Researchers and research administrators have become increasingly aware of the limitations in the use of core citation metrics, such as citation count and journal impact factor, to measure the impact of research and scholarship. Also, there is a time lag between the publication of a scholarly output and the availability of citation metrics in core citation databases, hence the impact of a research cannot be derived immediately.
Coupled with the increasingly extensive use of social media in disseminating research in this digital age, many are turning to using alternative metrics to capture the amount of online activity for a scientific output. As a result, altmetrics have emerged as an alternative indicator that complements the use of citation metrics so as to provide a more immediate and holistic picture of the impact and influence of a scientific output.
Note that altmetrics are NOT indicators of the quality of a work but is an indication of the quantity of attention received by that piece of work.
Altmetrics are generated and gathered immediately after a work gets shared on an online sphere, while core citation metrics such as citation counts take time to accumulate.
Altmetrics capture data from a variety of sources, including social media such as Twitter, Facebook and Google+; multimedia platforms such as YouTube and Slideshare; Wikipedia; blogs and online reference management tool - Mendeley, while core citation metrics are confined to the traditional academic publishing setting.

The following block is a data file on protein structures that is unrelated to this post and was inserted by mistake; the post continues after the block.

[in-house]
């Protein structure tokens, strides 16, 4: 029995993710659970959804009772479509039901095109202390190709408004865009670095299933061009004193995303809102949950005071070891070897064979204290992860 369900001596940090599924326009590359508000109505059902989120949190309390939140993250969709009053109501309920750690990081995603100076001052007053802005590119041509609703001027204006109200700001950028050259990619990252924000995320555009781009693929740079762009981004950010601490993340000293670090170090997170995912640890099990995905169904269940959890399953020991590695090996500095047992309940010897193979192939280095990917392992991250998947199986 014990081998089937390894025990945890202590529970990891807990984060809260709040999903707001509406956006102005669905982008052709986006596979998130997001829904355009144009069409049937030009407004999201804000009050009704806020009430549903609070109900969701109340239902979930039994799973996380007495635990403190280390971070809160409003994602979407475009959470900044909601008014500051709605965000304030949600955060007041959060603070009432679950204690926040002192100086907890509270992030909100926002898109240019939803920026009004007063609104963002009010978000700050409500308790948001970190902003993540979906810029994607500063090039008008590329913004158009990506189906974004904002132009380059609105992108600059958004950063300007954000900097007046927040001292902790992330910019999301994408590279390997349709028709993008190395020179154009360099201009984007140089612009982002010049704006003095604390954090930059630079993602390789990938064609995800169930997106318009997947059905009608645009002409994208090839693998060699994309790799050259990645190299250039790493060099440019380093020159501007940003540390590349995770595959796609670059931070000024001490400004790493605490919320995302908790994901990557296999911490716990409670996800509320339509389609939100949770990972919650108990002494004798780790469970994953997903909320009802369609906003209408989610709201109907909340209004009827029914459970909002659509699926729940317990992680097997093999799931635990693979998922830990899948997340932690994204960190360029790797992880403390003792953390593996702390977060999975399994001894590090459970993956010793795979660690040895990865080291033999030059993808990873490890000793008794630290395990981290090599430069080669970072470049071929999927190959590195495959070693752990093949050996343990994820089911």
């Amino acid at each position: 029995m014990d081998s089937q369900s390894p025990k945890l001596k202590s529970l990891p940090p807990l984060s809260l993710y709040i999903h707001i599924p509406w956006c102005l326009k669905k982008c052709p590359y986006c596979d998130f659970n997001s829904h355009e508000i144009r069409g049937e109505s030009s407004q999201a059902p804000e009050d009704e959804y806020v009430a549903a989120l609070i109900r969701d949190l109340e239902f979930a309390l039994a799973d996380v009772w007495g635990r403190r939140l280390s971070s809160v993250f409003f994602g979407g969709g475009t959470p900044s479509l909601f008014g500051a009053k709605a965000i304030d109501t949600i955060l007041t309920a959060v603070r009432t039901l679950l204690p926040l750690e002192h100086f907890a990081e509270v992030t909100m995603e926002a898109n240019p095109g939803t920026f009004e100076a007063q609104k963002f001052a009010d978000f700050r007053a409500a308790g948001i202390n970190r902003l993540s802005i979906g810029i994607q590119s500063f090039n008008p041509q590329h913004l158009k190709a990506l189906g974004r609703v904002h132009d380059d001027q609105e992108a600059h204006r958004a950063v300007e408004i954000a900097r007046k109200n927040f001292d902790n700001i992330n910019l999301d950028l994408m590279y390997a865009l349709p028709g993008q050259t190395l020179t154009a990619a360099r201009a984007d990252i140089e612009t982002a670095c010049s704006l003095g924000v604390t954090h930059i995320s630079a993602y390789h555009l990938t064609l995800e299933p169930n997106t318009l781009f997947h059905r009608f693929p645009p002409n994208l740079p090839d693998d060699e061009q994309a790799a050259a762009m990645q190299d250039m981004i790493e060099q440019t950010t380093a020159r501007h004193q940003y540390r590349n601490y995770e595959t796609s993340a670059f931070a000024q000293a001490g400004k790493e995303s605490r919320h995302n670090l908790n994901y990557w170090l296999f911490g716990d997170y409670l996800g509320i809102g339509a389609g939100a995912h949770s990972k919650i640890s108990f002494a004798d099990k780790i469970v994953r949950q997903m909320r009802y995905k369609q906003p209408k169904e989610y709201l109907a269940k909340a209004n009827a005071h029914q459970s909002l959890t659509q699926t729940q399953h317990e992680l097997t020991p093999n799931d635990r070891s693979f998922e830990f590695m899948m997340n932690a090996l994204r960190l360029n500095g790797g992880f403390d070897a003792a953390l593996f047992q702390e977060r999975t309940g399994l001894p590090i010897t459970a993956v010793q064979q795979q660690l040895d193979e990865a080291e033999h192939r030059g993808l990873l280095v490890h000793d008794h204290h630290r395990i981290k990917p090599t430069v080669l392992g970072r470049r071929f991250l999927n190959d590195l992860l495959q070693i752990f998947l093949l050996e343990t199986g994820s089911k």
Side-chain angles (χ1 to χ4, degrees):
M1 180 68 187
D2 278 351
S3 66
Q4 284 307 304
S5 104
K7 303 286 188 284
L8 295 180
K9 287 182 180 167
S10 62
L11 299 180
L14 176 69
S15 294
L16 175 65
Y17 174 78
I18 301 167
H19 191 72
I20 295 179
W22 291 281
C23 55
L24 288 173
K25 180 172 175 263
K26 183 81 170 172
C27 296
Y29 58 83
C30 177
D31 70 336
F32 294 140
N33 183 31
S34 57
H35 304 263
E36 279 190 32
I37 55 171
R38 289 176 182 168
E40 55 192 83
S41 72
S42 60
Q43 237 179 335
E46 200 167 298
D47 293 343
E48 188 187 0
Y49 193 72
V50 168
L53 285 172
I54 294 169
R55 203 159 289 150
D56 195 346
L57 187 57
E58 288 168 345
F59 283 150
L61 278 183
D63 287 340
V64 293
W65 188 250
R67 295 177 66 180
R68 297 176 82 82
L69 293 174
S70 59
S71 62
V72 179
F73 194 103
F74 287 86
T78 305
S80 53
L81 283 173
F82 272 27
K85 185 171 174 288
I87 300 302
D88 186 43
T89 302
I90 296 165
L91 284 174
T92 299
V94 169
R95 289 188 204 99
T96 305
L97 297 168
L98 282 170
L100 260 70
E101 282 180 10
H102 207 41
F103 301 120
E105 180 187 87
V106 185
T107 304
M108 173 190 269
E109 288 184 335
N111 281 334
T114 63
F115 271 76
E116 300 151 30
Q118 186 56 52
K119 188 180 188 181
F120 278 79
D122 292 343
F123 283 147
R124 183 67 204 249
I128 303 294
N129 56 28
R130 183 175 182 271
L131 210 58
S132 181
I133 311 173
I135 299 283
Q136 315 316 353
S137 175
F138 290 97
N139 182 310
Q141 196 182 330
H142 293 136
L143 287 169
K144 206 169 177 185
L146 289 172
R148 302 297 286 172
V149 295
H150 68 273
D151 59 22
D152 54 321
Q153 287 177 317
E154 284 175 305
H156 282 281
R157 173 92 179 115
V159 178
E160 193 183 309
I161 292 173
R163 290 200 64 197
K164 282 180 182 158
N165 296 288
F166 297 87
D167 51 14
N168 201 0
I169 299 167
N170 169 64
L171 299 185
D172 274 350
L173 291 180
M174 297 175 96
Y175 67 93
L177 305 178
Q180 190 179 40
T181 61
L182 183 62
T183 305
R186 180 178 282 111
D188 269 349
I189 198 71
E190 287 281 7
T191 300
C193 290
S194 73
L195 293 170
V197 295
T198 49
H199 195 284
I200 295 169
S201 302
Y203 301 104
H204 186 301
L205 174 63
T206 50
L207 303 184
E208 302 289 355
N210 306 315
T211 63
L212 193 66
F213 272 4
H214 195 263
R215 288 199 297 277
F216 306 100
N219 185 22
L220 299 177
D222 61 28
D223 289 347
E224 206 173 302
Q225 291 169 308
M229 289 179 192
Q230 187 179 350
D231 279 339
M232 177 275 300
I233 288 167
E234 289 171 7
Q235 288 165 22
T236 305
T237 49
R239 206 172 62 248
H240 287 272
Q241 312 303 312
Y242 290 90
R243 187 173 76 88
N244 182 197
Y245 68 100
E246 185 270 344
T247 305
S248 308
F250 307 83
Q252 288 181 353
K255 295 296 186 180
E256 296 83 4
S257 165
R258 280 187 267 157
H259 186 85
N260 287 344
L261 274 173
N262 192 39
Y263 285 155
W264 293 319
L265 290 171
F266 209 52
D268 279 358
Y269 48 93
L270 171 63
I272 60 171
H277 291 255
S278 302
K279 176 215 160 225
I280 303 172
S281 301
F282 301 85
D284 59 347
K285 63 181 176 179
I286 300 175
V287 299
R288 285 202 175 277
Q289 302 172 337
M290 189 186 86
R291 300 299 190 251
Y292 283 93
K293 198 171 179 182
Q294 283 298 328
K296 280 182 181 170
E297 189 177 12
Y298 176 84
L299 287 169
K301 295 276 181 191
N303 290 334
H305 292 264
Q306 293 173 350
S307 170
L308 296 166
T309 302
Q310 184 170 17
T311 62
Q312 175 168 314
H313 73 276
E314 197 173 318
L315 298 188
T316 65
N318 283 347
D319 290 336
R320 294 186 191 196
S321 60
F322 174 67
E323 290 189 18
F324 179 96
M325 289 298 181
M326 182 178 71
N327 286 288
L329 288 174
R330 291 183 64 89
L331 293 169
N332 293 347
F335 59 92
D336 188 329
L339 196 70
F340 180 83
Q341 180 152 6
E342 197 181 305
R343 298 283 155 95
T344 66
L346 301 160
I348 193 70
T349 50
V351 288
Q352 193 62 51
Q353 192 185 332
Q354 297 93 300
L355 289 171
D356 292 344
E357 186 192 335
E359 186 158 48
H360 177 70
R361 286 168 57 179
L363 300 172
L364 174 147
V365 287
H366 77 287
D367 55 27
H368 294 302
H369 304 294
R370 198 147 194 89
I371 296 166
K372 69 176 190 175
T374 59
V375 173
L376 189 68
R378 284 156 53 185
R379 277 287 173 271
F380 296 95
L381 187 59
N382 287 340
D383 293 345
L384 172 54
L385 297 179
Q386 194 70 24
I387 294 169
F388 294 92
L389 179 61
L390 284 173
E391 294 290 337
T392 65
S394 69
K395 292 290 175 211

Not Just Citations
Apart from quantitative data such as the number of Tweets and the number of shares on Facebook, opinions of readers can also be viewed thus quantifying the engagement and scholarly conversation on social media.
Altmetrics are particularly useful to supplement core citation metrics for scholars who are …
... in the Humanities and Social Science fields
In subject fields such as social sciences, arts and humanities, scholars tend to publish their research works in a diversity of formats such as books, book reviews and poster presentations. However, these formats are usually underrepresented in citation databases so that their real research impact cannot be measured or tracked by traditional metrics such as citation counts. Scholars in these fields can use altmetrics instead. According to Rowlands et al, 2011, humanities scholars are more likely to use social media to maximize their research impact.
... relatively young in publishing
Mature scholars with more publications usually attract more citations than younger scholars do. Therefore, younger scholar can use altmetrics together with citation metrics to establish the research impact.
... publishing in languages other than English
Publications in English language are dominant in citation databases. When the non-English language publications are not covered at the citation databases, citation based metrics cannot be calculated. The research impact of this kind of work can be tracked by altmetrics.